Slip under the shade of a fig tree with me and listen to the unusual way Jesus told one of his future disciples that exciting days were just ahead.
“Very truly I tell you,” Jesus told Nathanael in John 1:51, “you will see ‘heaven open and the angels of God ascending and descending on’ the Son of Man.”
Without an awareness of the cultural context of the passage, you might just write it off as one of those things Jesus said from time to time that sounded … well … like Jesus was talking. I mean, who talks like that other than Jesus? It would make more sense to us if Jesus had said, “Hey Nathanael, you ain’t seen nothing yet!”
Then again, if you can hear what Nathanael’s Jewish ears heard, the words make perfect sense. Plus, what appears to be a not-so-important conversation turns into a real game-changer if you can get into Nathanael’s world.
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Remember Jacob, the man who was re-named “Israel?” While he was still a young man and running away from his angry twin brother, Jacob had one of the most famous dreams in history. In the dream, Jacob saw a “ladder” on which the angels of God ascended and descended.
Jacob believed the dream signified that the ground where he had been sleeping was a very special place. This, he believed, was a supernatural place where God and man could meet. Deeply moved, Jacob named the site “Bethel,” meaning “House of God.”
It all happened just a few miles north of modern-day Jerusalem. This was the heart of the land God had given Jacob and his descendants and the dream was apparently God’s way of assuring Jacob he would one day return home and live there. But if there really was a supernatural importance to this “holy land,” the dream had implications far beyond Jacob’s lifetime.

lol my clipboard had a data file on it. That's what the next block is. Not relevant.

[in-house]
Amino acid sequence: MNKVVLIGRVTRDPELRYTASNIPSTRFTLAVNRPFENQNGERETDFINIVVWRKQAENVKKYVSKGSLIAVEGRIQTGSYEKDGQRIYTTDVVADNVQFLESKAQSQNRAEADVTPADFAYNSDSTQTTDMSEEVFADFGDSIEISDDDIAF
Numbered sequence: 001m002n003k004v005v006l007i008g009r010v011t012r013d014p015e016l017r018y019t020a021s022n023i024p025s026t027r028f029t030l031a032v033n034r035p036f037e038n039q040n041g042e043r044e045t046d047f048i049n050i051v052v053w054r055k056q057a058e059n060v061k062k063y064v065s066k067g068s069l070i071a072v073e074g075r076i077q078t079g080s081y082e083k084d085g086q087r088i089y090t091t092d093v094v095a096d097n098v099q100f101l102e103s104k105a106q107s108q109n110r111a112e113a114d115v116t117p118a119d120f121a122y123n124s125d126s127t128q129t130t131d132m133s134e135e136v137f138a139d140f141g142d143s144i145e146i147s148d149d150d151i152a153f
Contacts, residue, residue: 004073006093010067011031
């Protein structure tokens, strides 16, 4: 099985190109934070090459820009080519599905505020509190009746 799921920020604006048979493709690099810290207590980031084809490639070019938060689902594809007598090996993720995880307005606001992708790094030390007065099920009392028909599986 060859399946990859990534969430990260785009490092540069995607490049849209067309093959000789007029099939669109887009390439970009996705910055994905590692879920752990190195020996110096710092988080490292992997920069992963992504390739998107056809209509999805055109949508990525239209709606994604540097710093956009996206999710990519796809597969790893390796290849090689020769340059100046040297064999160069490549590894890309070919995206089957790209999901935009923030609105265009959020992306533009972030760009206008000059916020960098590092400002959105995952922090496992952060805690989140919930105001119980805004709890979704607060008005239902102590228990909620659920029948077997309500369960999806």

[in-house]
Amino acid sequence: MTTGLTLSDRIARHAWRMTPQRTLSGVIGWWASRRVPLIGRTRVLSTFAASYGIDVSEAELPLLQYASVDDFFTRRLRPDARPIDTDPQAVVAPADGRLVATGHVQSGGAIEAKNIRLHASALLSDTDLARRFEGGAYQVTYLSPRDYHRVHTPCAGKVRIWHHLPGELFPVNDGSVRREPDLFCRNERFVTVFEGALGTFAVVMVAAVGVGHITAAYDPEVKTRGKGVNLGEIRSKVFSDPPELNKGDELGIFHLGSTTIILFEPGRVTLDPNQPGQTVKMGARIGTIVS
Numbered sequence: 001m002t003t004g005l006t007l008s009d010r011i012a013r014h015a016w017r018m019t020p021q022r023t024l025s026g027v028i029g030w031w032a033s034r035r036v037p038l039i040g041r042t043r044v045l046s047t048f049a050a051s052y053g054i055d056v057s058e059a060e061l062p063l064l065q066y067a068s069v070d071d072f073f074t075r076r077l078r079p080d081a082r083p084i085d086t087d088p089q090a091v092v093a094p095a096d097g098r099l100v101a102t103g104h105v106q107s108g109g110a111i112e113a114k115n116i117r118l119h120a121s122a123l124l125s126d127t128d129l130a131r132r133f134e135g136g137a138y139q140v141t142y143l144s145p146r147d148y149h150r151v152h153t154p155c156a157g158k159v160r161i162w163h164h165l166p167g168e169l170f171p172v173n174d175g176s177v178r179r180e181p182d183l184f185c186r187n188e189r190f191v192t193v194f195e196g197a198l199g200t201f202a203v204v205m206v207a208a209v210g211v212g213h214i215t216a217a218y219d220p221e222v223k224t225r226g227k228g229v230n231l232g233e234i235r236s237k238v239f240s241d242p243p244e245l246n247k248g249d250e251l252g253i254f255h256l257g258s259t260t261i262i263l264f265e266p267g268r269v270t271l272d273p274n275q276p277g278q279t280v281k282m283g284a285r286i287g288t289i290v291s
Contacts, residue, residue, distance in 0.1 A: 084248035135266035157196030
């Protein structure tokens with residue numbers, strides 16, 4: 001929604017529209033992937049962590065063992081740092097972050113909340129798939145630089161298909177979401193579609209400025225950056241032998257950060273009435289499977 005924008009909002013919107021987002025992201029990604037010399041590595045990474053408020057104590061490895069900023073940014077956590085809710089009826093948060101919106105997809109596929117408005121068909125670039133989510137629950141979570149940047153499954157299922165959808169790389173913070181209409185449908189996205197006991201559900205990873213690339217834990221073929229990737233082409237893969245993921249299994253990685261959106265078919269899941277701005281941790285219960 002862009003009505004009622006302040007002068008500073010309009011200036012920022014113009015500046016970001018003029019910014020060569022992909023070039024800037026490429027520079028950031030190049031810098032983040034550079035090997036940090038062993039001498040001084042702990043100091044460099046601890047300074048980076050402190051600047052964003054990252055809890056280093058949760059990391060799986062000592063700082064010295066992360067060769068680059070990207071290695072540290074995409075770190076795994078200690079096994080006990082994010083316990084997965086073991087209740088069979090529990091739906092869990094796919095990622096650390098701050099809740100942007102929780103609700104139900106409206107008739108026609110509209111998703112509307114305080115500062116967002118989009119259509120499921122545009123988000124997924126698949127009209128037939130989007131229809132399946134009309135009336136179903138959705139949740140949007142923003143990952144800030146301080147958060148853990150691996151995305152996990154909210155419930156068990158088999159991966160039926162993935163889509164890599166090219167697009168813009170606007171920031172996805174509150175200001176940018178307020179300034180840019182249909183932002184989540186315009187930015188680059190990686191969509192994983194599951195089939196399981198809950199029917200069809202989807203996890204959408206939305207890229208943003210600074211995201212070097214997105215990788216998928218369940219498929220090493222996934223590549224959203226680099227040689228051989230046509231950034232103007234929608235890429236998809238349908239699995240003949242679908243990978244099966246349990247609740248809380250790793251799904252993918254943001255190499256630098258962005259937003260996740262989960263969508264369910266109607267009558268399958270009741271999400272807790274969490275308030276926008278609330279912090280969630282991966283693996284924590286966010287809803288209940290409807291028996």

Now listen to what Jesus said to Nathanael.
Nathanael, you might recall, had just been caught asking, “Can anything good come from Nazareth?” That had to be embarrassing, considering the most famous Nazarene in history called him out for the insult. The cutting remark had come underneath a shady fig tree.
“Rabbi,” said the chagrined disciple, “you are the Son of God; you are the king of Israel!”
“You believe because I told you I saw you under the fig tree,” Jesus answered. “You will soon see greater things than that.”
And then came the promise of something very, very big. “Nathanael,” Jesus said, “the time is coming when you will see heaven open and the angels of God ascending and descending on the Son of Man.” It was the same language the Bible used to describe Jacob’s dream!
Without actually spelling it out, Jesus was telling his Jewish friend, “I am the living embodiment of Jacob’s ladder. I am the connecting point between heaven and earth. I am the bridge between God and man.” It’s pretty bold stuff to claim to be Jacob’s dream-come-true.
But that’s Jesus, and you’d better believe Nathanael heard what he was saying. It would take three years of following before he fully understood the message, but right from the start, Nathanael the Jewish man heard the radical Jewish claim from a very Jewish rabbi.
The question today is this: Can you hear what Jesus was saying?
I’ve been challenging Christian audiences for years to ask this one question of their Bible reading: “What difference does it make that Jesus was Jewish?”
If you’ll ask the question, you’ll spend the rest of your life discovering the answer. More than likely, you’ll devour books and videos on the “Jewish roots” of the New Testament. You might take a trip to see the land of the Bible. You’ll certainly discover the amazing connection between Passover and the “Lord’s Supper.”
And with every page you turn you’ll discover something new about your Bible. Even under Nathanael’s fig tree.
Andy Cook is the founder of Experience Israel Now and a resident of Peach County.